Gail Glazerman - UBS

You mentioned weather impact those in Idaho as well as the south, have those at this point normalized or are harvest conditions still low that drenched in the south?

Eric Cremers

No. They have both normalized. We've had good weather here in Idaho and the weather that hit the south in the second quarter has passed.

Gail Glazerman - UBS

And then just last question kind of touched on a little, Mike. There has been some downtime announcements that may, at least from what I've seen, those announcements have all been in the last. So I'm wondering, if you can talk about one; housing, if you can see rise and kind of stuff on the coast played into the log recovery and the trends that you're seeing in Idaho?

And two, just generally speaking what dimensions are you seeing in the south? Did you see customer's kind of hunker down or are you seeing customers coming back to the market, just given the dynamic of reasonable lumber prices improving demand and so quiet attractive log prices?

Michael Covey

Well, a couple of comments. Maybe the south first, the log prices in the south are still stagnant with really no catalyst on the horizon that I can see that's going to cause them to change over the next couple of quarters. But the operating businesses, the lumber business is very good. And we are seeing mills add capacity. West Fraser announced they're going to start mill in North Florida, South Alabama, the McDavid sawmill is one example, which I think is a $100 million board fee.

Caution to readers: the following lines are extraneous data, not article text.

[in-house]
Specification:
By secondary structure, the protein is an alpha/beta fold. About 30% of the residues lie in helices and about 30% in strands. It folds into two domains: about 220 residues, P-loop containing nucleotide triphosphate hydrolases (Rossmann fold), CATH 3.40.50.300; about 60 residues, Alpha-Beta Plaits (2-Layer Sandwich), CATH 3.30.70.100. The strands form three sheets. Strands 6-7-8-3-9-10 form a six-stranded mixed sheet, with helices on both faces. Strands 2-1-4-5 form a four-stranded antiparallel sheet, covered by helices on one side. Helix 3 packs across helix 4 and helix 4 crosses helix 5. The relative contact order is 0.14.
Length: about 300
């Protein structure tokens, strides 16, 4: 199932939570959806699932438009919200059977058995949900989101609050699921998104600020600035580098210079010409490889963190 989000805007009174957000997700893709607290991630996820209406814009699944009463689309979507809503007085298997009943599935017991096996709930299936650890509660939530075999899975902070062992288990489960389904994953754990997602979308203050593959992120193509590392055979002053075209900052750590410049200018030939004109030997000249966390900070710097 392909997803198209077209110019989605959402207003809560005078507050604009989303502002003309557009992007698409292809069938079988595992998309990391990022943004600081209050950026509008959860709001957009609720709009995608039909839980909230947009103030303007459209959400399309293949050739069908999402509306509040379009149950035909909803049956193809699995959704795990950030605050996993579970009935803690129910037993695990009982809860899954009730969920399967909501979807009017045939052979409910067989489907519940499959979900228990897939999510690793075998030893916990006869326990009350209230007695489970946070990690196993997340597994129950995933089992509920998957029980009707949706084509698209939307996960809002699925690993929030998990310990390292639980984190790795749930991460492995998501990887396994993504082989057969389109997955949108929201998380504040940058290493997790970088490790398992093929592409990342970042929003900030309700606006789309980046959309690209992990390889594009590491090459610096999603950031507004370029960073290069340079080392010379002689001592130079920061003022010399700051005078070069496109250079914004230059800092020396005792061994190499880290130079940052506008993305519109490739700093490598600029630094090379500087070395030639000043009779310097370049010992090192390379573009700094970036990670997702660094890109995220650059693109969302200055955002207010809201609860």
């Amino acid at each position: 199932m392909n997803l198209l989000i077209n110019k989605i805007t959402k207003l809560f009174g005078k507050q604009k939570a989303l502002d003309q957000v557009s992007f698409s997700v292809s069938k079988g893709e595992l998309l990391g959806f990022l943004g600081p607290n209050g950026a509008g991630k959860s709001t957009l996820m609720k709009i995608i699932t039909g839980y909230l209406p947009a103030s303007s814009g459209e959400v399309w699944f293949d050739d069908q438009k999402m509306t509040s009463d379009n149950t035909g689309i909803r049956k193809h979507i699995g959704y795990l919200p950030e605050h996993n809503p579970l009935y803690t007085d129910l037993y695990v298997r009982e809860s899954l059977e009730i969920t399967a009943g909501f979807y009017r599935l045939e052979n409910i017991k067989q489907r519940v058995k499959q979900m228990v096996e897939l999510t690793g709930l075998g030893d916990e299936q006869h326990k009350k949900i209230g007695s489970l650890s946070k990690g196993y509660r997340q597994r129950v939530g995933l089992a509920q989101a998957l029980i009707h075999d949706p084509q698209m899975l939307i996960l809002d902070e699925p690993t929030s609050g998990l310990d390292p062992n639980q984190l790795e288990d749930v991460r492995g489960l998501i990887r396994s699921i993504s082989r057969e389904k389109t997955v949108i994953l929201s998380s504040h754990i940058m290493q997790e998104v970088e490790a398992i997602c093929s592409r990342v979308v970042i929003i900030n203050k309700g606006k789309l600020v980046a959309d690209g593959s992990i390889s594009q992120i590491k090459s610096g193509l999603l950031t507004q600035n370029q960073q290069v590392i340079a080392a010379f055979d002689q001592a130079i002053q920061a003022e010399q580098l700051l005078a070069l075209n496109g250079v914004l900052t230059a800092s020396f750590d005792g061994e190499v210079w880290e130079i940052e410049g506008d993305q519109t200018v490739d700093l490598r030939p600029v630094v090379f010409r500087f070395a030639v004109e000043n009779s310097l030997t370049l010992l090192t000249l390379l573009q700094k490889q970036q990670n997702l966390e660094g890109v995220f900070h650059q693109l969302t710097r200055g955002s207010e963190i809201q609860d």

There are examples like that that are happening around the south, which gives me optimism with these terrific margins in the lumber business in the south will eventually exert pressure on the log market, but we still think that's going to take time. So that's been consistent with our belief all year. So I think things are progressing in the south, not as fast as we'd like, but they are progressing.

And I think in the west, we have to, while there was some downtime taken, I think probably partly due to very high log costs in the west coast, falling lumber market. The holiday, July 4, holiday fell in the middle of the week. I think all of those prompted downtime. And I don't expect that we're going to see that kind of downtime announcement continue through the summer, I think things are moderated a bit.

Gail Glazerman - UBS

I mean, I guess what I was getting up there was western log prices again were very, very strong and it seems like it was something to dig in affordability issue. And I'm just wondering if that's started and continue to crack, do you think that would impact Idaho at all or do you think it's been operating kind of on it's own fundamentals at this point separately?

Michael Covey

I don't think that there is a bleed over to Idaho directly. I mean, certainly at some level they are connected, but I think the correction in the west coast won't weaken our Idaho business.

Operator

Your next question comes from the line of Chip Dillon with Vertical Research.

Chip Dillon - Vertical Research

When you look at the real estate sales pace, you mentioned that it might be a little greater than the 18,000 to 20,000 acres you were looking at for the year. I guess, the couple of questions. One is, do you feel, maybe tempted is the wrong, but maybe you might want to hold off a bit, just because or as you look at '14 and your plans for that, because it seems like the markets are coming back. And you might be able to get better pricing. And I guess secondly, more through this year, how do you feel the mix will be between the third and fourth quarter? How will that sort of split look as your best guess right now?